Charitable Trust

Charitable Trust

  • The Charitable Trust Section functions for Michigan citizens as a repository of financial and other information about charities they may want to support.

    At any one time there are more than 8,000 charities registered with the Attorney General's Charitable Trust Section. Most charities soliciting contributions in Michigan are required to register with the Charitable Trust Section.

    One of the goals of the Attorney General is to help educate the public and to assist them in making wise choices about what charities to support.

    Search for Charities and Fundraisers

Contact Charitable Trust

Contact Charitable Trust

  • Hours: 8 a.m. -  5 p.m. ET
    (Monday through Friday)

    Questions About Charities: 517-335-7571

    Questions About Police or Fire Organizations: 800-769-4515

How to Submit Forms

  • Required forms can be submitted to the Charitable Trust Section by Efiling, email, mail or fax (517-241-7074).

    Charitable Trust Section
    PO Box 30214
    Lansing, MI 48909-7714

    Address for overnight mail:

    525 West Ottawa Street
    1st Floor Williams Building
    Lansing, MI 48933

     Learn More

Professional Fundraisers

Financial Statements

  • Professional fundraisers should also note that a CTS - 10 Campaign Financial Statement is due to the Charitable Trust Section ninety (90) days following the end of each campaign; if the campaign is ongoing, the Campaign Financial Statement is due yearly. 

    This requirement does not apply to professional fundraisers that act solely as consultants.

    Individual Solicitors. Individual solicitors that call donors or solicit door-to-door must also register by filing the CTS - 09 Registration of Professional Solicitor form.  Registration is required for each individual solicitor.

Public Safety Organizations and their Fundraisers


  • Police and fire fighter groups that solicit in Michigan are required to register with the Attorney General. Most police and fire fighter groups are not charities.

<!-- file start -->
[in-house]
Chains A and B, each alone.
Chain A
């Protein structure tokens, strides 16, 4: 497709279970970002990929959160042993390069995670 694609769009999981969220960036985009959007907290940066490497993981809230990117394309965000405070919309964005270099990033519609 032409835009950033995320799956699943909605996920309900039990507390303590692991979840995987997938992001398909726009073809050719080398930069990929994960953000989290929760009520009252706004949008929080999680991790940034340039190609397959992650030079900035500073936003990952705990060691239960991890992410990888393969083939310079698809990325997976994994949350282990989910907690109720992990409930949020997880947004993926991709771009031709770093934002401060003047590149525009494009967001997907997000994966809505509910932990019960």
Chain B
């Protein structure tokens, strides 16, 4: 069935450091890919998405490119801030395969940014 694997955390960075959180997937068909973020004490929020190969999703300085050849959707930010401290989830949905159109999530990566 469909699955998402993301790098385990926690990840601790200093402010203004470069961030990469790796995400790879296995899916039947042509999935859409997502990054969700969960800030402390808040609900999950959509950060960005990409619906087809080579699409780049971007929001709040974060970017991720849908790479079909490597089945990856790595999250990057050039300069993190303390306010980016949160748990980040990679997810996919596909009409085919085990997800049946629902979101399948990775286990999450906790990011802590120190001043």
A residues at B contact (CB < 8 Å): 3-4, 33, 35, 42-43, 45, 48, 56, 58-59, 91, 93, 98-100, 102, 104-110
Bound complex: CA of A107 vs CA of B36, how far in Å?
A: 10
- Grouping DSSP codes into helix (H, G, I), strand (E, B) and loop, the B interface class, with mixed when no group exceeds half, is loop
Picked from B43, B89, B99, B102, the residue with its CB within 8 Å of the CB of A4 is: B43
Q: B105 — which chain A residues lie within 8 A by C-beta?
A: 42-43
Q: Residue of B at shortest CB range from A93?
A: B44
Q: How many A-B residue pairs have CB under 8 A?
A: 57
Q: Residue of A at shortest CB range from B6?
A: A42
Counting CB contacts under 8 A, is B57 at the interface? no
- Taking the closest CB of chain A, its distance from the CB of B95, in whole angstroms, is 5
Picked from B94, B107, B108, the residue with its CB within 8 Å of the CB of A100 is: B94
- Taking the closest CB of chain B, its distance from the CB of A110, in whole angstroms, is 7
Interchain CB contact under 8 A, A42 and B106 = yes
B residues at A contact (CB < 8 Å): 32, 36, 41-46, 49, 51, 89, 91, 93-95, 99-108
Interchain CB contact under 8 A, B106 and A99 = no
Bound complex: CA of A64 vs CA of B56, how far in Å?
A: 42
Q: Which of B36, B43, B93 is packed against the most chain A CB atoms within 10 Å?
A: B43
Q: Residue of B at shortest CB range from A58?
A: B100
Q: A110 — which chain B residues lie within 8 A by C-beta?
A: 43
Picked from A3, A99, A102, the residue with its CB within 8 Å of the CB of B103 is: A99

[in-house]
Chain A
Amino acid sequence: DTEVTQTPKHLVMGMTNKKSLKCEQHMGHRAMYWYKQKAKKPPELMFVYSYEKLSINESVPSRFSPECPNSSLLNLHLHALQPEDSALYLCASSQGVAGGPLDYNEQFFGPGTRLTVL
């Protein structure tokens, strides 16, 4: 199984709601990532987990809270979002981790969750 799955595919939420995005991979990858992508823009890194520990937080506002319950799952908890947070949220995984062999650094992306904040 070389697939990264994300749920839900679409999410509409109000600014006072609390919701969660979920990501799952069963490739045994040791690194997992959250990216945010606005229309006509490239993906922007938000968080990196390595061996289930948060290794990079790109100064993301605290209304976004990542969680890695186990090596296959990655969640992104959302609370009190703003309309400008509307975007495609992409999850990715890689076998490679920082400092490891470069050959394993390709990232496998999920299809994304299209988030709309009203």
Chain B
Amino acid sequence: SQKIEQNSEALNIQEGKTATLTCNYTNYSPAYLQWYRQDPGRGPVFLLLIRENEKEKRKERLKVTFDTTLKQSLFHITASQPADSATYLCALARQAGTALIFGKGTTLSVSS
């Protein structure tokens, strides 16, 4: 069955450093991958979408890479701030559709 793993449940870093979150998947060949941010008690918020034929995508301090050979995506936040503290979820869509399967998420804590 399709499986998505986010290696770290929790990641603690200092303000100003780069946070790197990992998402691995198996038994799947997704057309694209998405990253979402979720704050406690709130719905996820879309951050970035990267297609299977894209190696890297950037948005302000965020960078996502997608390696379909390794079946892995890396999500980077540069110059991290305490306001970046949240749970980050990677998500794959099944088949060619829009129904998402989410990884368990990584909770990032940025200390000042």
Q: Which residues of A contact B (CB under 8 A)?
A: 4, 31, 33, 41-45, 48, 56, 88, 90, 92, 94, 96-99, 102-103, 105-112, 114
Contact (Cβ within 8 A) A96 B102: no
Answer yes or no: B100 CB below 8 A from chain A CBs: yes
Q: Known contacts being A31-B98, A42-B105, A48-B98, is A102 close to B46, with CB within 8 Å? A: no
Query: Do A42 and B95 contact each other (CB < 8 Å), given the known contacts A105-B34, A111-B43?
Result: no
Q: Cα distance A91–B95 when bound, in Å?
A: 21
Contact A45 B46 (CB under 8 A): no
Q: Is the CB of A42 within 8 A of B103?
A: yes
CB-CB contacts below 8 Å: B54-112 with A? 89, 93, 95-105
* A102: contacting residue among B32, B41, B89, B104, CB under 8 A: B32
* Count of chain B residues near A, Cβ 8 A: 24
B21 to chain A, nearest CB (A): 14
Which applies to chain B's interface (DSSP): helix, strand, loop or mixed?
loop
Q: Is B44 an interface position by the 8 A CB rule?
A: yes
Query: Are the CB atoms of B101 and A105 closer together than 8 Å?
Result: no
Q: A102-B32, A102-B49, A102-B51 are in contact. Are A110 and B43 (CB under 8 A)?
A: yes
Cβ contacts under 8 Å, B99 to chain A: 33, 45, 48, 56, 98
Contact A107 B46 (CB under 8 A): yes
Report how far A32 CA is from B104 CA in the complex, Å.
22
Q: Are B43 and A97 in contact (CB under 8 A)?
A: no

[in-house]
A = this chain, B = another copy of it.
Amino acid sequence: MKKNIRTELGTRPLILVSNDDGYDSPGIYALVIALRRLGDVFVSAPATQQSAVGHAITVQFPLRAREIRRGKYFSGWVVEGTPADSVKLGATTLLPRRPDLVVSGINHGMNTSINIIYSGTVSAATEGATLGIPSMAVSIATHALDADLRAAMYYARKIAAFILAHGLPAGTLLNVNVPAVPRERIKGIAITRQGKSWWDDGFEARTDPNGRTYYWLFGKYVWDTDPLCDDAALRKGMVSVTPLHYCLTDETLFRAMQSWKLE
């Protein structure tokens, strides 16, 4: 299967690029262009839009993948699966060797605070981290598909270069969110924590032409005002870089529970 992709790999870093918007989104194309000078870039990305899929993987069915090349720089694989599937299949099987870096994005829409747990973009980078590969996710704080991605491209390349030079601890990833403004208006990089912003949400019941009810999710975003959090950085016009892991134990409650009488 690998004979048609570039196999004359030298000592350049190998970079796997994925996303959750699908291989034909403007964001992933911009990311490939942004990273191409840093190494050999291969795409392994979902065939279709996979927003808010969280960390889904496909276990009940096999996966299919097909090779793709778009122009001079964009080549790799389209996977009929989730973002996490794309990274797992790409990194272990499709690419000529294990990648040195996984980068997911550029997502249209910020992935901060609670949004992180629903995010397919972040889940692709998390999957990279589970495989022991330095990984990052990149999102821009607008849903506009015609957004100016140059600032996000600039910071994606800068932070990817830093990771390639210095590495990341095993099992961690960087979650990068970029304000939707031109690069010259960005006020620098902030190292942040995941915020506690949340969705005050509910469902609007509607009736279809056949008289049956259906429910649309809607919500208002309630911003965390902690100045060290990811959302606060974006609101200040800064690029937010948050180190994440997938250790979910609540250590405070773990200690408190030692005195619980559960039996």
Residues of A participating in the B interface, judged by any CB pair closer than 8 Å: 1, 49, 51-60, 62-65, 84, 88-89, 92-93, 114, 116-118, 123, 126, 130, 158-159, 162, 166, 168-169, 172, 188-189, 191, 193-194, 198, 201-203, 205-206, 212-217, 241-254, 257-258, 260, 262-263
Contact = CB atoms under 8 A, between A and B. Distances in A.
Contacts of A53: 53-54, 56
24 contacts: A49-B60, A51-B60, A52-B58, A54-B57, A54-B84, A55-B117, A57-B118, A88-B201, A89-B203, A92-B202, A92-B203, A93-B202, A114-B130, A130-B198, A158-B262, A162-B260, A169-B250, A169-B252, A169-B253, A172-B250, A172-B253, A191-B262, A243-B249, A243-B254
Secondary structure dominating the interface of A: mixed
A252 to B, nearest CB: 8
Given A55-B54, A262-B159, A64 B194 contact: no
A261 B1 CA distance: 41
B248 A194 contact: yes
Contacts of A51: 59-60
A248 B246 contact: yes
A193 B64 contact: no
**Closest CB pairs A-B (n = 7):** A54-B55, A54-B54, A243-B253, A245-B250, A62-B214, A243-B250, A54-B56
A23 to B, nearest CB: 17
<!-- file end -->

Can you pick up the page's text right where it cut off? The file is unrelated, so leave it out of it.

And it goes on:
The Public Safety Solicitation Act, MCL 14.301 et seq., regulates the many police and fire organizations that solicit from the public. Most of these organizations are not charitable organizations and thus are not subject to the Solicitations Act, discussed above. Section 2(d) of the Public Safety Solicitation Act defines a public safety organization. Section 3 specifies the registration requirement, which must occur before any solicitations.

    To register, the organization must complete the CTS - 12 Public Safety Organization Registration Form and submit it to the Charitable Trust Section.

    Learn More About Police and Fire Solicitations

Professional Fundraisers

  • The Public Safety Solicitation Act also mandates the registration and bonding of all professional fundraisers soliciting for public safety organizations. Registration of fundraisers is also required before soliciting. 

    To register, the fundraiser must properly complete and submit a CTS -13 Public Safety Professional Fundraiser Registration Form.

    For the first year of solicitations in Michigan the fundraiser must obtain a $25,000 bond which must be submitted on the CTS - 14 Uniform Public Safety Professional Fundraiser Surety Bond (Initial) form, along with a power of attorney form signed by the surety. 

    After the first year of registration, the amount of the bond will be determined by contributions collected by the fundraiser the previous year as defined in section 4(8) of the Public Safety Solicitation Act.

Charitable Trusts

  • The Supervision of Trustees for Charitable Purposes Act, MCL 14.251 et seq., mandates that every charitable trust register with the Attorney General. The term "charitable trust" is broadly defined as every person or legal entity that holds property for a charitable purpose.

    Most organizations that hold charitable assets in Michigan must be registered with the Charitable Trust Section. Over 13,000 organizations, private foundations and trusts are registered with the Attorney General's office, accounting for billions of dollars of charitable assets. For more information on the law and how it applies to organizations, read How and Why The Michigan Attorney General Supervises Charitable Trusts. This information also helps answer questions for attorneys who assist individuals or groups in forming private or public foundations or charitable organizations.

    Learn more charitable trusts and requirements

Charitable Asset Sales